Internationalization and the emergence of new business models has increased the complexity of the food and beverage supply chain. The rise in complexity has resulted in a loss of supply chain visibility and control, which in turn has led to mounting product quality and safety challenges. This article draws parallels between the food and beverage and pharmaceutical industry to illustrate that traditional efforts focusing on the internal quality of manufacturing are no longer sufficient to safeguard consumer safety.
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Explore This IssueDecember/January 2015
The food and beverage and pharmaceutical industries share many commonalities. One similarity is the importance of product safety, where an external quality failure can represent a serious threat to consumer well being. As the supply chains of both industries have become increasingly globalized, they have faced escalating incidents of external quality failure. The root causes of these failures can be classified into two broad categories: internal—relating to manufacturing, and external—relating to the distribution chain.
As markets become more competitive, corporations across the world are driven to outsource and offshore manufacturing as a means of sustaining profitability. A consequence of these practices is a corresponding decline in quality performance.
Combatting Internal Challenges to Product Quality
Both the food and beverage and pharmaceutical industries have taken similar approaches to strengthen internal quality management through the implementation of current Good Manufacturing Practices as a means of governing the manufacture, processing, and holding of product. Irrespective of whether production is domestic, offshored, or outsourced, manufacturers are still required to utilize facilities that comply with all FDA regulatory requirements.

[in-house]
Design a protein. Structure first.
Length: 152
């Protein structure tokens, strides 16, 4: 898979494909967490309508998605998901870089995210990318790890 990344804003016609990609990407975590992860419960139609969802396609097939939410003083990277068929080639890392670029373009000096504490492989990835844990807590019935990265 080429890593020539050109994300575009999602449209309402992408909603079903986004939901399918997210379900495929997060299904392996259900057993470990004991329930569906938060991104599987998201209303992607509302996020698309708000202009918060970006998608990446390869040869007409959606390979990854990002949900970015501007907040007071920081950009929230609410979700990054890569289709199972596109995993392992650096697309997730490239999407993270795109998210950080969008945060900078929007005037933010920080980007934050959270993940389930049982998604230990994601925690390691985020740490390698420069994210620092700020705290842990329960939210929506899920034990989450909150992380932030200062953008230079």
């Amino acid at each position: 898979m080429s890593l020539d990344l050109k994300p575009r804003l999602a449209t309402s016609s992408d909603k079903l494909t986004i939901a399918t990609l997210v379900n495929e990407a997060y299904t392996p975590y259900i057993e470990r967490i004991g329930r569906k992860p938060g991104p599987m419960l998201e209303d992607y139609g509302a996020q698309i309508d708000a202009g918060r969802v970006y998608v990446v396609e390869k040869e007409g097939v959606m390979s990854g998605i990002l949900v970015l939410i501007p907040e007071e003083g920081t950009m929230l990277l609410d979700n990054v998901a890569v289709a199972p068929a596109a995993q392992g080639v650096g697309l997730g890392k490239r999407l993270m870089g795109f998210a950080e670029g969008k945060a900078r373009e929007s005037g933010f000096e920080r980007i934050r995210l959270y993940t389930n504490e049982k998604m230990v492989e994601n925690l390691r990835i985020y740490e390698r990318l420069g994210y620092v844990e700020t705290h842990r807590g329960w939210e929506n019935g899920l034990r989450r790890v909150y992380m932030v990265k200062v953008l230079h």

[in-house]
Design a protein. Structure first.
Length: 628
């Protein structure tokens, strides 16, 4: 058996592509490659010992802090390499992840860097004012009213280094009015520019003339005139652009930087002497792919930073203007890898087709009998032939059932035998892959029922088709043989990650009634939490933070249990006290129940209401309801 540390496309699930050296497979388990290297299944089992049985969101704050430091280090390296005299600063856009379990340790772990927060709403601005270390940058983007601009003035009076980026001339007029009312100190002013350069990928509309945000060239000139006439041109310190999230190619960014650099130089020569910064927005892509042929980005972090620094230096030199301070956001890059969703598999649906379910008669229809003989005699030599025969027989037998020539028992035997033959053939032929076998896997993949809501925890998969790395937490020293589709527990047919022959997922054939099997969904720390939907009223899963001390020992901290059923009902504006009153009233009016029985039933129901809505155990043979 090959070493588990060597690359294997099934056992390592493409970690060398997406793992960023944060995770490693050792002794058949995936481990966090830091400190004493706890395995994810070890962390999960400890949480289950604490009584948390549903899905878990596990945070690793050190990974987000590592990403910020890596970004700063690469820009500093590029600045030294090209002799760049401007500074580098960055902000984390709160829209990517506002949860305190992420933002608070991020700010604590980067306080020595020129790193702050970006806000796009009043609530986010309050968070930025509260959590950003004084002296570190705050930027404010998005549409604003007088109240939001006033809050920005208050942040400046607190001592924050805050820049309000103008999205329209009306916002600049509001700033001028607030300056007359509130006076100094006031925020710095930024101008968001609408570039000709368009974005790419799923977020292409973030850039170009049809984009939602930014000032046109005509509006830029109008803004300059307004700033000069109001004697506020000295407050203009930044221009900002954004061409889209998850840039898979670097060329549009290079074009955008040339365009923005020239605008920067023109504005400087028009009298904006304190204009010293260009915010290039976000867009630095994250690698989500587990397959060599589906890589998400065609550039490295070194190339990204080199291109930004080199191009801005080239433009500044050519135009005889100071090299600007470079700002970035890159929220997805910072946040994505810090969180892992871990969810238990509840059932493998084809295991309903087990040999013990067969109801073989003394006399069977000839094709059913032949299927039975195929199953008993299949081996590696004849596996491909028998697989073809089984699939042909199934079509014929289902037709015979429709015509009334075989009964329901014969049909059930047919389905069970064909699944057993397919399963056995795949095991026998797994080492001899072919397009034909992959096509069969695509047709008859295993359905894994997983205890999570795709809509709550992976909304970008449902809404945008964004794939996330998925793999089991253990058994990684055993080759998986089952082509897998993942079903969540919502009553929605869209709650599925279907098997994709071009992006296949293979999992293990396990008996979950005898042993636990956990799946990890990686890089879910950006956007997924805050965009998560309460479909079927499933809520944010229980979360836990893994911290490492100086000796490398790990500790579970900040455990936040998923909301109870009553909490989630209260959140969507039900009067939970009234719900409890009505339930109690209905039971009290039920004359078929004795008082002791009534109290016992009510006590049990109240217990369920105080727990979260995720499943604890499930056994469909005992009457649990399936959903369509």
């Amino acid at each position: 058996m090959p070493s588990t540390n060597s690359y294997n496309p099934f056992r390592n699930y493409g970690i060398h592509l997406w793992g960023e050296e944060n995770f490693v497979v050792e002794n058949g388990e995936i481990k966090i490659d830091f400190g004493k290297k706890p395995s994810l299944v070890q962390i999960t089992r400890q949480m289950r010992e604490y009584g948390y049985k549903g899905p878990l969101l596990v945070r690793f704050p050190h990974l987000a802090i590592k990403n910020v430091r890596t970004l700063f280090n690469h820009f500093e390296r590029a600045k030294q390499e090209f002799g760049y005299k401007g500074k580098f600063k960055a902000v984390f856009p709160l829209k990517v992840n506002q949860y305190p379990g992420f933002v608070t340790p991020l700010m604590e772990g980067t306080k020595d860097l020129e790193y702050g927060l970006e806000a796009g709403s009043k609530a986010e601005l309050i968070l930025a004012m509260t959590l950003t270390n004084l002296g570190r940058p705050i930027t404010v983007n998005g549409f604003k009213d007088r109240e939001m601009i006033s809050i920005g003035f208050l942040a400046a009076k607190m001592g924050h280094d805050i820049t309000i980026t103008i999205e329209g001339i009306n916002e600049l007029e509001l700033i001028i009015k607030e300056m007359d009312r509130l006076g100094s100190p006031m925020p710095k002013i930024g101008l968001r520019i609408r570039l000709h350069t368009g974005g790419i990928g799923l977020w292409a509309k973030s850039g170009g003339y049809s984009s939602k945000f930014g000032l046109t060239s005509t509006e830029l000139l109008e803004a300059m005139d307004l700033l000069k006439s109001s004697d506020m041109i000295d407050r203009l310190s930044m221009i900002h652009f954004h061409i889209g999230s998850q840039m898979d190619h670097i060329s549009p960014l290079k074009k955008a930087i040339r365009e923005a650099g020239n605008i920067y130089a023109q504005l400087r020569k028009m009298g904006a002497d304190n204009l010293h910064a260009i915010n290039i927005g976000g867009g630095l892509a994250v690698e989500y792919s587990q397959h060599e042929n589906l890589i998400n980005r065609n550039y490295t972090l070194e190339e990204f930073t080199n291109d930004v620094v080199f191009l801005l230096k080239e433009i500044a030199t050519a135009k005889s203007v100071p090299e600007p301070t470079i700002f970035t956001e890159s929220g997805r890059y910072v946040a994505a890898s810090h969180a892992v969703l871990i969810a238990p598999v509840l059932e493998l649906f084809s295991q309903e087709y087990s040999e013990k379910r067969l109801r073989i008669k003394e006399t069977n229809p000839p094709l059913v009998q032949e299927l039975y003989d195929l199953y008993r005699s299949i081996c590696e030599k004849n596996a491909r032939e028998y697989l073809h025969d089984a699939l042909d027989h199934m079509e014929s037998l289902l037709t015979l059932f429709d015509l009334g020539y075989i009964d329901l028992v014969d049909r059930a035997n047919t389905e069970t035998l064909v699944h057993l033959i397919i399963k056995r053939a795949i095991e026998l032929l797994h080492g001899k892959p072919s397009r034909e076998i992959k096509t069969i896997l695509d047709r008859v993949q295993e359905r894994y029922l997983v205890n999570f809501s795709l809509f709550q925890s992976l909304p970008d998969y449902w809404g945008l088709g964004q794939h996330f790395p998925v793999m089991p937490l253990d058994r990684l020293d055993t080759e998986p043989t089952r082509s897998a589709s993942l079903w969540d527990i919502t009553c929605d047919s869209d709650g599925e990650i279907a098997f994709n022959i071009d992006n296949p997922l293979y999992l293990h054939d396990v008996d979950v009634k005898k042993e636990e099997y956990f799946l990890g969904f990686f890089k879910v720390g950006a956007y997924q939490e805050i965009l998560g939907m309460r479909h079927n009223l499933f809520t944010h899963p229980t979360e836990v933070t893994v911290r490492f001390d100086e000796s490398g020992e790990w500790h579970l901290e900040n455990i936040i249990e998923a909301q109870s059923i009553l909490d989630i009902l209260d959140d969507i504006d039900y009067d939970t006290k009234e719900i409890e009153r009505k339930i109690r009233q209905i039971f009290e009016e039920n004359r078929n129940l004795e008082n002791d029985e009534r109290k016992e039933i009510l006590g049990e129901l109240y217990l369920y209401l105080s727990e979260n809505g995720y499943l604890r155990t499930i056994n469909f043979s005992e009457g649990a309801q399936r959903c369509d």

While quality standards have been set, a real problem has arisen in the capacity of the FDA to monitor site compliance. The number of registered food facilities has more than doubled in the period FY 04-11 with an ever-growing proportion of these sites located abroad. In 2011, the FDA inspected 318 international food manufacturing locations, equating to a little more than 0.1 percent of the 271,272 registered sites. While legislation such as the Food Safety and Modernization Act (FSMA) has attempted to address this issue by increasing the planned number of inspections to roughly 20,000 by 2016, this would still represent just 7 percent of 2011 facility numbers.
The FDA faces a similar problem within the pharmaceutical sector and has recently gone as far as increasing the annual facility fees on foreign manufacturing sites as a means of funding the rising cost of foreign inspections.
With an estimated 15 percent of the U.S. food supply, 80 percent of active pharmaceutical ingredients, and 40 percent of finished pharmaceutical drugs now being imported from abroad, the problem of managing quality in foreign locations is one that the FDA will have continuing difficulty in governing.
Manufacturers, insurance companies, and vendors can support regulatory efforts through diligent, conscientious procurement and stringent supplier selection and management. However, even the achievement of internal quality management standards in outsourced and offshore facilities is in itself insufficient to safeguard consumers, as globalization has also produced external threats to product safety in the distribution chain.
External Threats to Product Safety
The problems in the external distribution chain are both insidious and difficult to control. Here, the increasing complexity of the supply chain has facilitated the rise in both product diversion and counterfeiting.
Diversion relates to the transfer of authentic product from its intended point of distribution with an aim to capitalize on arbitrage opportunities. While not necessarily illegal, diversion can compromise product integrity if the affected goods are not appropriately stored.